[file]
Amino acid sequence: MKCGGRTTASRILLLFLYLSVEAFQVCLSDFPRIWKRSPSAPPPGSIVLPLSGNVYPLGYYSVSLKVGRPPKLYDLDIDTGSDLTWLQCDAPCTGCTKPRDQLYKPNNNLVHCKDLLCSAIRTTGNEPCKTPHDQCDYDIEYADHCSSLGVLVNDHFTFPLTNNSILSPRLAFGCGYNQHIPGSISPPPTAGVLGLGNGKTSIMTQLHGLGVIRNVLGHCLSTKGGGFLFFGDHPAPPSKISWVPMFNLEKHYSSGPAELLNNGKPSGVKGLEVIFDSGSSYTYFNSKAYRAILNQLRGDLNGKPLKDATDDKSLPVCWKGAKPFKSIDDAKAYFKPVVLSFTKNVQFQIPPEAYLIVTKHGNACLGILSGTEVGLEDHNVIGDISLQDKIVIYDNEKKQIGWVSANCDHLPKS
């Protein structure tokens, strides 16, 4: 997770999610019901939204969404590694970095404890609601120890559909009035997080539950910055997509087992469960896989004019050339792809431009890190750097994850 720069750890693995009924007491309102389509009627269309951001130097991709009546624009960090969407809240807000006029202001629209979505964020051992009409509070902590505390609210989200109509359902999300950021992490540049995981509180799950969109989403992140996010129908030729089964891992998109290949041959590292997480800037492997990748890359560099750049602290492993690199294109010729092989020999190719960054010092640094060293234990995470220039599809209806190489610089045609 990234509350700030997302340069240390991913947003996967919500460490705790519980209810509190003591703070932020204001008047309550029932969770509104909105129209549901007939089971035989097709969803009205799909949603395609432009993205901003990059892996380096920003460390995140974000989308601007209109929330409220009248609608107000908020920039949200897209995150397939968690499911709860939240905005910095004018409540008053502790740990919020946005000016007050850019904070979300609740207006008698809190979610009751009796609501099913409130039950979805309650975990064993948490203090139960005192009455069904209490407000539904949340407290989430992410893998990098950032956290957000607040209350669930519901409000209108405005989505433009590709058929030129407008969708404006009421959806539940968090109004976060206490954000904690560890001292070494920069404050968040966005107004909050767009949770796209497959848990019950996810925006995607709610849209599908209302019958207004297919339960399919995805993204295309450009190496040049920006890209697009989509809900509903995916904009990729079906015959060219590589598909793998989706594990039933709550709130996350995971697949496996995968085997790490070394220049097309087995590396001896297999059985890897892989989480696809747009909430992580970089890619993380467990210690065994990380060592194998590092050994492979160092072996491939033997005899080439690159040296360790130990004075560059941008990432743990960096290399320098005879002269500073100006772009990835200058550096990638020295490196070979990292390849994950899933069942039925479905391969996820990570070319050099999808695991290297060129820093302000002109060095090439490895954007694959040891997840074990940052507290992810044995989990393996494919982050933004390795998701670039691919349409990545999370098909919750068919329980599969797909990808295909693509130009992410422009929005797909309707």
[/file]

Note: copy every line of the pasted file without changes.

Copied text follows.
Amino acid sequence: MKCGGRTTASRILLLFLYLSVEAFQVCLSDFPRIWKRSPSAPPPGSIVLPLSGNVYPLGYYSVSLKVGRPPKLYDLDIDTGSDLTWLQCDAPCTGCTKPRDQLYKPNNNLVHCKDLLCSAIRTTGNEPCKTPHDQCDYDIEYADHCSSLGVLVNDHFTFPLTNNSILSPRLAFGCGYNQHIPGSISPPPTAGVLGLGNGKTSIMTQLHGLGVIRNVLGHCLSTKGGGFLFFGDHPAPPSKISWVPMFNLEKHYSSGPAELLNNGKPSGVKGLEVIFDSGSSYTYFNSKAYRAILNQLRGDLNGKPLKDATDDKSLPVCWKGAKPFKSIDDAKAYFKPVVLSFTKNVQFQIPPEAYLIVTKHGNACLGILSGTEVGLEDHNVIGDISLQDKIVIYDNEKKQIGWVSANCDHLPKS
């Protein structure tokens, strides 16, 4: 997770999610019901939204969404590694970095404890609601120890559909009035997080539950910055997509087992469960896989004019050339792809431009890190750097994850 720069750890693995009924007491309102389509009627269309951001130097991709009546624009960090969407809240807000006029202001629209979505964020051992009409509070902590505390609210989200109509359902999300950021992490540049995981509180799950969109989403992140996010129908030729089964891992998109290949041959590292997480800037492997990748890359560099750049602290492993690199294109010729092989020999190719960054010092640094060293234990995470220039599809209806190489610089045609 990234509350700030997302340069240390991913947003996967919500460490705790519980209810509190003591703070932020204001008047309550029932969770509104909105129209549901007939089971035989097709969803009205799909949603395609432009993205901003990059892996380096920003460390995140974000989308601007209109929330409220009248609608107000908020920039949200897209995150397939968690499911709860939240905005910095004018409540008053502790740990919020946005000016007050850019904070979300609740207006008698809190979610009751009796609501099913409130039950979805309650975990064993948490203090139960005192009455069904209490407000539904949340407290989430992410893998990098950032956290957000607040209350669930519901409000209108405005989505433009590709058929030129407008969708404006009421959806539940968090109004976060206490954000904690560890001292070494920069404050968040966005107004909050767009949770796209497959848990019950996810925006995607709610849209599908209302019958207004297919339960399919995805993204295309450009190496040049920006890209697009989509809900509903995916904009990729079906015959060219590589598909793998989706594990039933709550709130996350995971697949496996995968085997790490070394220049097309087995590396001896297999059985890897892989989480696809747009909430992580970089890619993380467990210690065994990380060592194998590092050994492979160092072996491939033997005899080439690159040296360790130990004075560059941008990432743990960096290399320098005879002269500073100006772009990835200058550096990638020295490196070979990292390849994950899933069942039925479905391969996820990570070319050099999808695991290297060129820093302000002109060095090439490895954007694959040891997840074990940052507290992810044995989990393996494919982050933004390795998701670039691919349409990545999370098909919750068919329980599969797909990808295909693509130009992410422009929005797909309707």